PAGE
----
A client in a recent session identified that they were living their life with a “transactional model” where they did things for the outcome they provided. This is how many high achievers were raised e.g. work hard in school to get good grades to get into a good college, work hard to get good grades in college to get a good job, work hard and get good performance reviews to get promoted, etc. The client brought up this model in the context of how it felt like a mismatch for other activities in life like hobbies or self-care.
- Doing hobbies in this model makes it feel like they have to bring you joy for the hobby to be “worth it” – the outcome is “joy”.
- Doing self-care can only be justified by future benefits e.g. self-care will pay off by increasing your effectiveness or productivity in the future.
- To take an extreme example, having children in the transactional model might be seen as a way to get emotional support and somebody to take care of you as you age.
As my client observed, when using the transactional model to prioritize their activities, the immediate benefits of work in terms of revenue and productivity always outweighed the less measurable outcomes of joy and potential future effectiveness, so they were regularly ignoring hobbies and self-care and family in favor of work. So if using the outcomes of such activities isn’t the reason to do them, what model could they use to more equitably balance their prioritization?
This may seem like a silly question to those of you who intuitively choose what activities to do, using a model like “do what makes you feel good in the moment”. But my client’s struggle is real for many folks, especially in Silicon Valley, who lead lives of workaholism because they don’t have a way to measure the benefit of non-work.
I often try to use their own transactional model against such clients. If they say “I don’t have time to work out because I’m too busy”, I ask them whether they get more done on days they exercise, and they often say yes. If that’s the case, I can then say “if you get more done in less time, then you can exercise…and still get the same amount done in the day!” They often begrudgingly agree that this makes sense, but then refuse to execute on it…because they are too busy.
As an aside, this is the well-known phenomenon that humans are not rational in the sense of being logical decision makers, but we are excellent at rationalizing. Our brains have already decided what to do before we are conscious of the decision, and then our consciousness creates a logical-looking set of reasons to justify the decision that has already been made. It all looks very rational, but people often stick to their conclusion even when their reasoning is shown to be faulty. Some people have trained themselves to be more rational (and members of the “rationalist community” pride themselves on it), and in looking for another model by which could prioritize their actions, I felt my client was asking me to help them be more rational.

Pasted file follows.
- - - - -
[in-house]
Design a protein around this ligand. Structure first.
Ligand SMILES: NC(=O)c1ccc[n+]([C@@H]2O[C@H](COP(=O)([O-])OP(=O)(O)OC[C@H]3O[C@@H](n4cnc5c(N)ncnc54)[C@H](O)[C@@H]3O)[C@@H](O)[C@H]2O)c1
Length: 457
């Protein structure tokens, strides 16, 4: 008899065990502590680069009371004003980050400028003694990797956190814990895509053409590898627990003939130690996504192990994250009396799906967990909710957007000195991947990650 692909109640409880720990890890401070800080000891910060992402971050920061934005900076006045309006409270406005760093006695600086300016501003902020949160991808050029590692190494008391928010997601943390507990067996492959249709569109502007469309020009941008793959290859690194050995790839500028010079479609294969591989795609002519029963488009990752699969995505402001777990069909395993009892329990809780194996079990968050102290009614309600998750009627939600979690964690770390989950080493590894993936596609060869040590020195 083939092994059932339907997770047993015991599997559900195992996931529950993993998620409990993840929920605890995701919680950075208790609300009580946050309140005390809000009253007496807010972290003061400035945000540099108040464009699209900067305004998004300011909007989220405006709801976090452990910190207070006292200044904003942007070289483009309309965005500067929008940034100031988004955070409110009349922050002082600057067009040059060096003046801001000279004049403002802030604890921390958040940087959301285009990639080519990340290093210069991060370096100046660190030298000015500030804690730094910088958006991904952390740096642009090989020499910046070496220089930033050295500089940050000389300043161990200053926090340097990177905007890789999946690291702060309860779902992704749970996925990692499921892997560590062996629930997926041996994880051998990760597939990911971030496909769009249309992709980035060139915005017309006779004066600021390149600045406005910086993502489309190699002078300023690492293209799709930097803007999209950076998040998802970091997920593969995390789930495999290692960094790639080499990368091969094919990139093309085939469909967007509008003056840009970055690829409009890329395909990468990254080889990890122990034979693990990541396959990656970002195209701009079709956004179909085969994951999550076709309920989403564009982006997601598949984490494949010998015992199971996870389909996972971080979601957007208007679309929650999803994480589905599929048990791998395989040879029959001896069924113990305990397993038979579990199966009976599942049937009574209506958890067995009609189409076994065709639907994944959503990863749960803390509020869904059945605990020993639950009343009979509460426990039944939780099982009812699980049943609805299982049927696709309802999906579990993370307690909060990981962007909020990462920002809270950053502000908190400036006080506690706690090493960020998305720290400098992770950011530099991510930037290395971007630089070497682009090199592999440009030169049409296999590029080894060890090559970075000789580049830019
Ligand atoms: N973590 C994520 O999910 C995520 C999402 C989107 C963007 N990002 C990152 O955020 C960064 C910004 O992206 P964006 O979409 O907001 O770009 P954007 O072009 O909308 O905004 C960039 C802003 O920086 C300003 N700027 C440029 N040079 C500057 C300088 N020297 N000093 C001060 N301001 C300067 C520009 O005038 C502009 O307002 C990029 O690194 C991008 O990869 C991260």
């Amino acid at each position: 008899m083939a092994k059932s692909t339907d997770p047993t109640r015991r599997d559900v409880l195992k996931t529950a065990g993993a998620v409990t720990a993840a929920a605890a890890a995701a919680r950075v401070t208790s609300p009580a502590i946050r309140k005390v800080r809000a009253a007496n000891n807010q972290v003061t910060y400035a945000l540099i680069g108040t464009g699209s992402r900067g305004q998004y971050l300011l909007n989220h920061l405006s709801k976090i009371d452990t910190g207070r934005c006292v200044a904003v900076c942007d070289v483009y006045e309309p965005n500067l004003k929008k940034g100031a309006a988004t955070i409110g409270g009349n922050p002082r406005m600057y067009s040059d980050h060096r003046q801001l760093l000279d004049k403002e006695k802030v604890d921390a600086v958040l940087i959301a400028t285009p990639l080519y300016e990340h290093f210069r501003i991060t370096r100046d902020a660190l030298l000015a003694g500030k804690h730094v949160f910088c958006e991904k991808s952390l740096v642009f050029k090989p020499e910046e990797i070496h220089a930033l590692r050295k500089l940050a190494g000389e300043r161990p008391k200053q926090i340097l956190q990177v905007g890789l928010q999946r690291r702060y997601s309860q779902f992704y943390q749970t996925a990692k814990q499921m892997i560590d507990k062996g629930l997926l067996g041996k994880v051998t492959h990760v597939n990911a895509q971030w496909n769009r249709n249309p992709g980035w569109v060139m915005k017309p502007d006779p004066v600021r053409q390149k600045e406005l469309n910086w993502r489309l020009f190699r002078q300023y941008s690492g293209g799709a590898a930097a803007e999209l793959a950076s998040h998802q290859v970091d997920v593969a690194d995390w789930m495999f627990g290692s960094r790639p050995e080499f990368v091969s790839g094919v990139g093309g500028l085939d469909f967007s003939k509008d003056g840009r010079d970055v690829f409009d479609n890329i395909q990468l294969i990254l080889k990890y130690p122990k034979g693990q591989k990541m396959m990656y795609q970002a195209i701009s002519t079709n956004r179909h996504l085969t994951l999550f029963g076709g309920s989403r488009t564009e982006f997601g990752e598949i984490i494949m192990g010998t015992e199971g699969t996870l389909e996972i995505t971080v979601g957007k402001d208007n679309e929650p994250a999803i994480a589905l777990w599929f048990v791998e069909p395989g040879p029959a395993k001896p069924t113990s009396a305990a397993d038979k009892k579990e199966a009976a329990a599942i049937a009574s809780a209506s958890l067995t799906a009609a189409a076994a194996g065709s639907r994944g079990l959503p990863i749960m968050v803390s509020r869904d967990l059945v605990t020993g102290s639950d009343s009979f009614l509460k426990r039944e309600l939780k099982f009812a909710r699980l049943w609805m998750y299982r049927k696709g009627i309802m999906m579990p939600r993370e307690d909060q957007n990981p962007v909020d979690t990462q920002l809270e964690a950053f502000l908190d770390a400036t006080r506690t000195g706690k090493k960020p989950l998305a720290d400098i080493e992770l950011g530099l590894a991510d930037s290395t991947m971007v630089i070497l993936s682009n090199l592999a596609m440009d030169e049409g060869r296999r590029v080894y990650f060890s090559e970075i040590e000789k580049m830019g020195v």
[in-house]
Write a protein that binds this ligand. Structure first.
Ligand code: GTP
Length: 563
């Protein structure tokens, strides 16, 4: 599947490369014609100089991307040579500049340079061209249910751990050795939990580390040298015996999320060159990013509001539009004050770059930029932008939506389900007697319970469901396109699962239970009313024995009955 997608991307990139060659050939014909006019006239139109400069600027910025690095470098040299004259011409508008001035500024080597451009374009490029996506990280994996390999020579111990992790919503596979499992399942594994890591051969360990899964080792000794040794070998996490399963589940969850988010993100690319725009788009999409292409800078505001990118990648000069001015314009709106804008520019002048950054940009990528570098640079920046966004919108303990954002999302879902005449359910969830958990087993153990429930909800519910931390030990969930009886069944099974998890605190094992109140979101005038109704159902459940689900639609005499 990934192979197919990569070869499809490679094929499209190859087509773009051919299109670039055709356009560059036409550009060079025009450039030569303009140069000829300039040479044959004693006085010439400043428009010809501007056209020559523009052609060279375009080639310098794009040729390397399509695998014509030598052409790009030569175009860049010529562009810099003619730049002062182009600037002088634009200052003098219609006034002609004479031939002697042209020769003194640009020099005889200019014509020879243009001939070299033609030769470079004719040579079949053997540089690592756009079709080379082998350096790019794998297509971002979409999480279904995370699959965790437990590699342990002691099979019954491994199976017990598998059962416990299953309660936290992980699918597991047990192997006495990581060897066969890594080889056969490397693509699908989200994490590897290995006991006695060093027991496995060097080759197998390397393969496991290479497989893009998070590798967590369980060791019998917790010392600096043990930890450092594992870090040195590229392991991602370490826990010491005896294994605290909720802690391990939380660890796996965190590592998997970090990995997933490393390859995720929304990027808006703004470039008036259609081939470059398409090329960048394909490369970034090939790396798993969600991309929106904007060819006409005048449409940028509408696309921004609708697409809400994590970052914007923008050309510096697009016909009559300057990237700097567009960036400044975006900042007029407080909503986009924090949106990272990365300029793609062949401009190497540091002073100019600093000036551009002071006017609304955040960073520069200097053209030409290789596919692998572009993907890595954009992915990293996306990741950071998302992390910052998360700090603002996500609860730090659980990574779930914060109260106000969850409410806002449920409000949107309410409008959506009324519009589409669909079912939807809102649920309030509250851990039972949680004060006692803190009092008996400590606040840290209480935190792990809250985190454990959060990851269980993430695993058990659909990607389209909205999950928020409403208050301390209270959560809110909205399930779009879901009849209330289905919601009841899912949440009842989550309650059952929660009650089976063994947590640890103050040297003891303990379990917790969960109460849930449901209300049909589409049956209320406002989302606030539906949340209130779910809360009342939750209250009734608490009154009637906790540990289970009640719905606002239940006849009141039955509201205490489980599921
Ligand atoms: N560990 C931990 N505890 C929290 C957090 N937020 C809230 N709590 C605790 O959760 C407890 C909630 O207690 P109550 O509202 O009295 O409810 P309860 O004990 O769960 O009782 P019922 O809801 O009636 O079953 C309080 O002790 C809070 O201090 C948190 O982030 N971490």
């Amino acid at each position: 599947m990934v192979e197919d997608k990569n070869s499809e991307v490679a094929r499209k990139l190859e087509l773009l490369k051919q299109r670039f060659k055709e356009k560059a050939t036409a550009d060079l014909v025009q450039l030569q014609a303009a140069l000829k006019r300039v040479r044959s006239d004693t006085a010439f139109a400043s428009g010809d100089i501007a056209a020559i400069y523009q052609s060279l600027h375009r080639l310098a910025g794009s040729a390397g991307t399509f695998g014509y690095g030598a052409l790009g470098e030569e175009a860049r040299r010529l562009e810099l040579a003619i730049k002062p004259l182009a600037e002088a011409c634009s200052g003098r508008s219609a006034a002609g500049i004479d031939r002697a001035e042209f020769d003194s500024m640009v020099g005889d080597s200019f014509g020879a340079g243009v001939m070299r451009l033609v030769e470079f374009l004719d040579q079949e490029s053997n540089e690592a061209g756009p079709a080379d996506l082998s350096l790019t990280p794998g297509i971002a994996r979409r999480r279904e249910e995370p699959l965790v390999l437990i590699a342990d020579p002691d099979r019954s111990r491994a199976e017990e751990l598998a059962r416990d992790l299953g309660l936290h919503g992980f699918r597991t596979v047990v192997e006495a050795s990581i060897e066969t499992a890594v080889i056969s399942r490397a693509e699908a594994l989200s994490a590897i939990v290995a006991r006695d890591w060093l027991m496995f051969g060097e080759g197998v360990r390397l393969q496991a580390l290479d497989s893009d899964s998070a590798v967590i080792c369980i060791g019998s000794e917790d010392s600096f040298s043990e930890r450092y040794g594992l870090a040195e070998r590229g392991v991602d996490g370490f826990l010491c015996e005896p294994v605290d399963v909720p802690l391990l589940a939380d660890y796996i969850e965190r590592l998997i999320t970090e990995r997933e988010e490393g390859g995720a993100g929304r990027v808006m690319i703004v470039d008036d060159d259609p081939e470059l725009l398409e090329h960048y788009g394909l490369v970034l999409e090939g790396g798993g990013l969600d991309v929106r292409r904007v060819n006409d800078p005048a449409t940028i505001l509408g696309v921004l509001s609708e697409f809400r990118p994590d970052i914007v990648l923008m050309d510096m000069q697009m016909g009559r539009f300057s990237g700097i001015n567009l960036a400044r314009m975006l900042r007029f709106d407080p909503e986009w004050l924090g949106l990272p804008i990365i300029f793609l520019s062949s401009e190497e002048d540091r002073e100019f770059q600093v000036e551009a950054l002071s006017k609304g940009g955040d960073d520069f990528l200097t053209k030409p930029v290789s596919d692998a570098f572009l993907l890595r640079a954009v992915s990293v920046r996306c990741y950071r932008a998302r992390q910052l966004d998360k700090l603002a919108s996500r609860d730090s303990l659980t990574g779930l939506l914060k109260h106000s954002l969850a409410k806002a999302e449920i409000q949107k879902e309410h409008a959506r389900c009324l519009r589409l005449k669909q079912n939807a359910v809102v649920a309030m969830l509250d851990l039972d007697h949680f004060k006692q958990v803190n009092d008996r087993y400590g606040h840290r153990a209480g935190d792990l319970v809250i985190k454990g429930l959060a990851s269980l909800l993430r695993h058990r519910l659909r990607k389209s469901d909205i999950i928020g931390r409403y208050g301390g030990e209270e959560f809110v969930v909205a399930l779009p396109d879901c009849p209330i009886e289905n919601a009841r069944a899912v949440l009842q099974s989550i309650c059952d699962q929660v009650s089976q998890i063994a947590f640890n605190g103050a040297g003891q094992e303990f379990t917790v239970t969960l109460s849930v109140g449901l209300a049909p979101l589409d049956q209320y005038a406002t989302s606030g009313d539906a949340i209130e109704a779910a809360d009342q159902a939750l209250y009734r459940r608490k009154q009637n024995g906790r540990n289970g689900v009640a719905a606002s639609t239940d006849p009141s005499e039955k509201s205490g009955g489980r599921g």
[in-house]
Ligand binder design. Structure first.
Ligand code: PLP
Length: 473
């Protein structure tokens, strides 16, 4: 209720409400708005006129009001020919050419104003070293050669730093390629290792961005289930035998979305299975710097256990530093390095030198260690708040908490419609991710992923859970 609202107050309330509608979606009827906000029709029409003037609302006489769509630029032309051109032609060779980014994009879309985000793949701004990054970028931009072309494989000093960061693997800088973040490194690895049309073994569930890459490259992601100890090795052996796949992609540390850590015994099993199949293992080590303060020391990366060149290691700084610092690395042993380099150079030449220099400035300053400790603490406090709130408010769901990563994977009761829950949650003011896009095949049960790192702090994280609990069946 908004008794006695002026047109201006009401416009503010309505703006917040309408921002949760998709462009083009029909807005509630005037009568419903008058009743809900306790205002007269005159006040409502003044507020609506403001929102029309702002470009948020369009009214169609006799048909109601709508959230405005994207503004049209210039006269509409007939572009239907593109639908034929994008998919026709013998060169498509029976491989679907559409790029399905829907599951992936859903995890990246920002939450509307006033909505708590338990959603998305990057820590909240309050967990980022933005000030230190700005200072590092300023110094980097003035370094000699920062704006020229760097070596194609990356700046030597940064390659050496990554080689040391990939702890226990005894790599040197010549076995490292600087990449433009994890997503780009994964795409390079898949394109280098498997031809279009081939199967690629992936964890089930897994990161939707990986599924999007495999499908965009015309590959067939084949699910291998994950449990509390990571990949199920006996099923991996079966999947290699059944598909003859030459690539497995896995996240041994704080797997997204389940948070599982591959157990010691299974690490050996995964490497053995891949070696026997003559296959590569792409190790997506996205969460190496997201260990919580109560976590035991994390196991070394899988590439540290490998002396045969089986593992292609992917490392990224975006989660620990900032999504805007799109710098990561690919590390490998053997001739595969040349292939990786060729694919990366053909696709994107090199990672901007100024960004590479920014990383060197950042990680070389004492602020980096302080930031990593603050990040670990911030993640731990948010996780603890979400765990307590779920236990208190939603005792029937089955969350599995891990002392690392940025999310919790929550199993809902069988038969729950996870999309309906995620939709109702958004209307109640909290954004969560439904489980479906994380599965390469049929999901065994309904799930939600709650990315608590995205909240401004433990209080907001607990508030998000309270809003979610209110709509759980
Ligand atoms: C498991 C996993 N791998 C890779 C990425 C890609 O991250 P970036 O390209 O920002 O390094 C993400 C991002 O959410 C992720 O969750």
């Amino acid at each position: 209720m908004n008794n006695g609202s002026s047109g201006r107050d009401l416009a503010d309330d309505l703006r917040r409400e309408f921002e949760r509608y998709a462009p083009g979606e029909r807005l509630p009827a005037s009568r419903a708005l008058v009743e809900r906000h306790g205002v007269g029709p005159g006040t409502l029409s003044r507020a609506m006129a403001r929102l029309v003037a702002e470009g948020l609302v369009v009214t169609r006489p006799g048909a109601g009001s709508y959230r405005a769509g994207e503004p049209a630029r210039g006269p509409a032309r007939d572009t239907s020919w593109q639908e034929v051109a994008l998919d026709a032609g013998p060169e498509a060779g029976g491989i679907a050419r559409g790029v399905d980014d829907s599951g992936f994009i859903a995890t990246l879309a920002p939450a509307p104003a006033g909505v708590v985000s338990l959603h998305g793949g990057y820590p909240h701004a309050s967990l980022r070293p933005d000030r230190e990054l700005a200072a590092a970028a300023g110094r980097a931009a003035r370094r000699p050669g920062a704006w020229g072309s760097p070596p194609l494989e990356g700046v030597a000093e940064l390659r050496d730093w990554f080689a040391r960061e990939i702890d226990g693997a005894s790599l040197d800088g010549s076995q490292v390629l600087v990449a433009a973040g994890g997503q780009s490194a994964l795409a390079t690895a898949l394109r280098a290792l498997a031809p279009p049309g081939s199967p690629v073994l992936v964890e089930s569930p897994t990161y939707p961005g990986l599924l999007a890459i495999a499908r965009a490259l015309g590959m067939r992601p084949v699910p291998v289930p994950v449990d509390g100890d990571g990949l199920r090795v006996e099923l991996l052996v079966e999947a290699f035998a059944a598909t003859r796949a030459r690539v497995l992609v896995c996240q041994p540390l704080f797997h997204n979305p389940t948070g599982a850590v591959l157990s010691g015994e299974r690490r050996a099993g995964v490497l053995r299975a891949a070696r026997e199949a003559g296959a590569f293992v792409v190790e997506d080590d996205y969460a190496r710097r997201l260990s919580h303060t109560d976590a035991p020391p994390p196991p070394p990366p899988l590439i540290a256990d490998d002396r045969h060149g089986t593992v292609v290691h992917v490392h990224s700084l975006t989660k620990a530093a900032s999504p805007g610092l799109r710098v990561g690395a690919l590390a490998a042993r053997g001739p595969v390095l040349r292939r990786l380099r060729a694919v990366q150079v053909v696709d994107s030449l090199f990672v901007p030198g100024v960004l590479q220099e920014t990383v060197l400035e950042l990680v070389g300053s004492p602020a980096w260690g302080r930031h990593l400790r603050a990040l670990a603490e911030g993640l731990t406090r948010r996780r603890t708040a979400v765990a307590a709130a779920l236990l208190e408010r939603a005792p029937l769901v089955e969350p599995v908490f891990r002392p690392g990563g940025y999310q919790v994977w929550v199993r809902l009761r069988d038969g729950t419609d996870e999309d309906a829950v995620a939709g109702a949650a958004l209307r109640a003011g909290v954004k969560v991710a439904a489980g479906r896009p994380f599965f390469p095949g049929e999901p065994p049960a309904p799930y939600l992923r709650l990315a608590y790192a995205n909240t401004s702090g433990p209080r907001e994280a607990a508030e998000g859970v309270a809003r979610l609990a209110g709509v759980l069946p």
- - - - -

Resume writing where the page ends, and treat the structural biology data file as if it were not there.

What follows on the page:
I felt that was the wrong approach, as I feel that the transactional model is playing a finite game, to use the terminology from James Carse. When we try to be more rational and maximize our outcomes within a system, we are accepting the system as it is, playing the game by the rules we are given (e.g. maximizing money or status, where there’s no win condition – even billionaires are continuing to try to make more money). Carse’s insight is that another possibility is to change the rules – he calls this playing the infinite game with the goal being to continue playing.
So how does that apply to my client? They had noticed that the transactional model way of being was wearing them down, and feeling exhausted and resentful that they had to keep working when they were running on empty. But the transactional model said to keep working, because working offered the most measurable reward. So we changed the rules – we created a second goal for their model to recharge and refill themselves. When they were feeling depleted, they could look at their non-work options of hobbies and family and self-care, and choose something from those options. We eventually named the non-work options the “Fill your soul” list, with the idea being that we wanted to give them a space where they could learn to listen to their soul, or deep inner self, so that they could start to learn how to value their time based on their own experience, rather than by an external scorecard.
I’m sharing this example because it shows how we often create rules for ourselves on how to live our life, and we do not learn the meta-skill of when to change those rules. We stick ourselves in a finite game, and that works very well for us for a while (getting us into good schools and good jobs, and making money). But at a certain point, we exhaust ourselves trying to continue playing by those rules (also called “limiting beliefs” in coach-speak) when they are no longer a good fit for our situations. What I love about coaching is helping people see the limiting beliefs they are holding onto, and helping them transmute those rules to convert their lives from a finite game to an infinite game, so they can keep playing.